• Software-Defined Firewalls

    Truly original concepts in cyber security are few and far-between. Instead, our purported advances are usually just incremental improvements on existing solutions.

  • Protecting Our (Digital) Way of Life

    I'm going to list three companies, and I'll ask that you write down the first word that comes to mind as you hear the names: Google. Boeing. Xerox. (I'll pause here, and hum a few bars of the Jeopardy song while you answer.)

  • SOC Analysts on Steroids

    Back in 1998, I wrote a text book called . . . now get this: Intrusion Detection: An Introduction to Internet Surveillance, Correlation, Trace Back, Traps, and Response.

  • Solidifying Email Security

    Sometimes when I need a vivid phrase for describing a cyber security solution in my writing, I'll review the advertising slogans for products that do similar things in non-computing settings.

  • On Software Correctness and Security

    When I was in graduate school, my favorite book was Selected Writings on Computing: A Personal Perspective, by Edsger W. Dijkstra (Springer-Verlag, 1982). Organized as a printed compendium of Dijkstra's best EWD articles - perhaps the earliest blog posts - the book remains a delightful read.

  • Questions for Executives on Cyber

    During my career, it's been my honor to have served alongside some of the most capable and talented corporate executives in the world.

  • Detecting Malicious Imitators

    Over half a century ago, the great MIT researcher Joseph Weizenbaum created a seminal computer program called ELIZA. Named after the Pygmalion character, the software was designed to interact with a human in a way that would give the impression that ELIZA was, in fact, also a living being.

  • To Tell the Truth (Bio Edition)

    For the past seven decades, Americans have enjoyed a television game show called To Tell the Truth. On the show, three contestants appear before four celebrities who try to determine which was the 'actual person' portrayed in a description that was given to the panel.

  • Real-Time Interference for Cyber

    Here are some practical recommendations from an expert on playing defense that I found today in a document on the Internet: To be sound in our defense, we must be able to adjust our defense.

  • Decentralized Authentication for a Passwordless World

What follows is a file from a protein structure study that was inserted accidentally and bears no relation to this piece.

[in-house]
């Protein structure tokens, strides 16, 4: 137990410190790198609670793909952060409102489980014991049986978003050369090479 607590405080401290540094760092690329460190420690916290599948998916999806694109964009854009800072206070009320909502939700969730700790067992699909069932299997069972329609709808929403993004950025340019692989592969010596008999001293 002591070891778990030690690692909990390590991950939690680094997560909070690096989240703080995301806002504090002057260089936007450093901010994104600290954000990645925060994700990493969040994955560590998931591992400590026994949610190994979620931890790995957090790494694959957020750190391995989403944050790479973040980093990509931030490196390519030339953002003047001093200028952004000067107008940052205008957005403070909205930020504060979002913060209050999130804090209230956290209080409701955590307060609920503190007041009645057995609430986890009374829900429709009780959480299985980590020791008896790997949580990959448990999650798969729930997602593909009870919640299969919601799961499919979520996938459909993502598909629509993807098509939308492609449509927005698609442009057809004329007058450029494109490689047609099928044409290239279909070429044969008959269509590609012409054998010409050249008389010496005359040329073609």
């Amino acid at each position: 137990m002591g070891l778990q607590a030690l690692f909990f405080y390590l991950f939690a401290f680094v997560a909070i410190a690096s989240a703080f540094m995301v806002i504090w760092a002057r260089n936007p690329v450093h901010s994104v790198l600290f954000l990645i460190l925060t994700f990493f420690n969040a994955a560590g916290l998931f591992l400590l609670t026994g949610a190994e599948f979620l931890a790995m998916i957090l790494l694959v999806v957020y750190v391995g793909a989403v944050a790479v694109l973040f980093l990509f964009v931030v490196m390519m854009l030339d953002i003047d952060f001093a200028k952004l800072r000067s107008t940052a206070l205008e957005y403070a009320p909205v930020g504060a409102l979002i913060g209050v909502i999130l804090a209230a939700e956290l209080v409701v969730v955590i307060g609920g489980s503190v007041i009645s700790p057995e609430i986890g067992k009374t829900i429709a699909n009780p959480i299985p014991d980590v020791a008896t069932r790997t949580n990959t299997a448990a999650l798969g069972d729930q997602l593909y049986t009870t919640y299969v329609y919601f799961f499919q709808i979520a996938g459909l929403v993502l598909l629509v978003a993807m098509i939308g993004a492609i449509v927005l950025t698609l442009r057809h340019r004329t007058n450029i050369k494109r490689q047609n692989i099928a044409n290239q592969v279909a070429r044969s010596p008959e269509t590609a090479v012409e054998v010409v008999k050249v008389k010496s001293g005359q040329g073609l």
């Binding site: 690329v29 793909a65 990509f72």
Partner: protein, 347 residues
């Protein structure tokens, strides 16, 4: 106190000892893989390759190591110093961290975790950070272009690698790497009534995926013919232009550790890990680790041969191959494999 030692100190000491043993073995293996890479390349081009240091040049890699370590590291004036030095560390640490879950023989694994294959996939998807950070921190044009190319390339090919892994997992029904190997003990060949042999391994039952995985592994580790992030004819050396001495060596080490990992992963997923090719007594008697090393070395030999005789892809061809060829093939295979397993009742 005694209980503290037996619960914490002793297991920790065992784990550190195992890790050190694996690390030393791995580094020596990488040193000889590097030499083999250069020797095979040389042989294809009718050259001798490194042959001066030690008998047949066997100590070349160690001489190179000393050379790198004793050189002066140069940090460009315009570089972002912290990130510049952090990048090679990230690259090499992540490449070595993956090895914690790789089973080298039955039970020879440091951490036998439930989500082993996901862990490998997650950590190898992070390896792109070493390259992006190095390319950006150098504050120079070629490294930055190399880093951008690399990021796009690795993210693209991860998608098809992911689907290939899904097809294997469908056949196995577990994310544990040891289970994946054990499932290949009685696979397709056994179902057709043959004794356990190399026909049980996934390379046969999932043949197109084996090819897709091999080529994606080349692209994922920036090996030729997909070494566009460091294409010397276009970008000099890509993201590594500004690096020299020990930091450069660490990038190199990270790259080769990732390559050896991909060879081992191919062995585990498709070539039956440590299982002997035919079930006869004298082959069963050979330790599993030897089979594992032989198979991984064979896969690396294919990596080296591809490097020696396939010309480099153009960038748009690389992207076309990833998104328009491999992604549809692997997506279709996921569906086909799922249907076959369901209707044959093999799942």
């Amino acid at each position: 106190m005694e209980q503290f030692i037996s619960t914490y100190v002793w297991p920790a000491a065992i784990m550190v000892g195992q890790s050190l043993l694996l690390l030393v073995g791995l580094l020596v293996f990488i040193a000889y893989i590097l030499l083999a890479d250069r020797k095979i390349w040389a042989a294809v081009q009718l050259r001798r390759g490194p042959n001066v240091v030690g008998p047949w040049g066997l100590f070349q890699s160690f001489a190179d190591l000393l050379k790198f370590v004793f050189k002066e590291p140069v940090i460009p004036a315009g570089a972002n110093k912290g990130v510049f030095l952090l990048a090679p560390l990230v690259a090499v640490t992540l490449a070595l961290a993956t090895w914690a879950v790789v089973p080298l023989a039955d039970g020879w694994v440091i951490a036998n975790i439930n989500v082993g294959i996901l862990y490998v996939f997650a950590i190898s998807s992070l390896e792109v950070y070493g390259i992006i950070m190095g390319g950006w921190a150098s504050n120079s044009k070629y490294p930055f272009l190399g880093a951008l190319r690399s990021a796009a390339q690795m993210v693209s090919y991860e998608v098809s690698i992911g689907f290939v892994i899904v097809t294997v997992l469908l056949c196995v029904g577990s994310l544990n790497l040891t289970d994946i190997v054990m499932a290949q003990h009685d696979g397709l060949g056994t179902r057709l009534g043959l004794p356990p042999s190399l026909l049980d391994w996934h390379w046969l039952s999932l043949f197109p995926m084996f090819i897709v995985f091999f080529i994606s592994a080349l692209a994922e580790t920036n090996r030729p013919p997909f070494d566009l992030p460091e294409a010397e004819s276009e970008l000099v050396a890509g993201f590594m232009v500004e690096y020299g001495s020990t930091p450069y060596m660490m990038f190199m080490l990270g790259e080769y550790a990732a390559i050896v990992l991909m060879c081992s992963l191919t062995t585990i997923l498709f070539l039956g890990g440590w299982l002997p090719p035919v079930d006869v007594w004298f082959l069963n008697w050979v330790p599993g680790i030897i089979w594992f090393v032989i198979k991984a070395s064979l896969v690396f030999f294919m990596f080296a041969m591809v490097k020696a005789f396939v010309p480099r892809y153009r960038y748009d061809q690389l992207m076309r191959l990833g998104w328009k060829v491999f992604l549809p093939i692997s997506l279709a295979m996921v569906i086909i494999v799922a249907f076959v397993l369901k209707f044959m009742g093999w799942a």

The year was 2013, and Apple had just released iPhone 5S with Touch ID, a fingerprint sensor feature that made unlocking devices as easy as touching glass. Young Brooklyn-born tech entrepreneur, George Avetisov, well-versed in eCommerce and cryptocurrencies, began to connect the dots between the threats he was seeing on the Internet each day-to-day with the exciting advances in biometrics and identity-related protections. Thus was born HYPR.

  • Fresh Cyber Solutions from a Familiar Brand

    Like many of you nerdy parents reading this, I too respected that modern rite of passage for my kids: That is, I took them on a slow procession along Route 101 in Silicon Valley in the hopes of igniting some latent entrepreneurial flame. If you haven't taken your budding tech founders there yet, I recommend it - much as a hoops coach would suggest taking the kids to see Steph Curry, in the hopes that maybe they'll start practicing their darn shooting.

  • Leading Courageously: Adopting Cutting Edge Technology & Embracing Platforms for Growth

    For CIOs around the globe, staying ahead of the accelerating technology curve remains a top priority. Between the $60 billion per year going into cloud infrastructure, the $20 billion being invested annually in business analytics, and the $50B+ dedicated towards CRM and ERP systems, it is clear that CIOs are investing heavily for the digital age.

  • Valuable Lessons From Silicon Valley

    What can Canadian technology leaders learn from Silicon Valley? A lot, according to Saqib Awan of Lightspeed Venture Partners. Lightspeed is an American venture capital firm focusing on early-stage investments in the enterprise technology and consumer space.

There has never been a more exciting time to be a technology executive.

Today’s technology executive plays a pivotal role in helping his or her organization respond to these forces of change. In essence, they serve as conductors to orchestrate the three pillars of organizational success – people, processes, and technology – and to draw upon their unique view of the enterprise to bring these elements into harmony.


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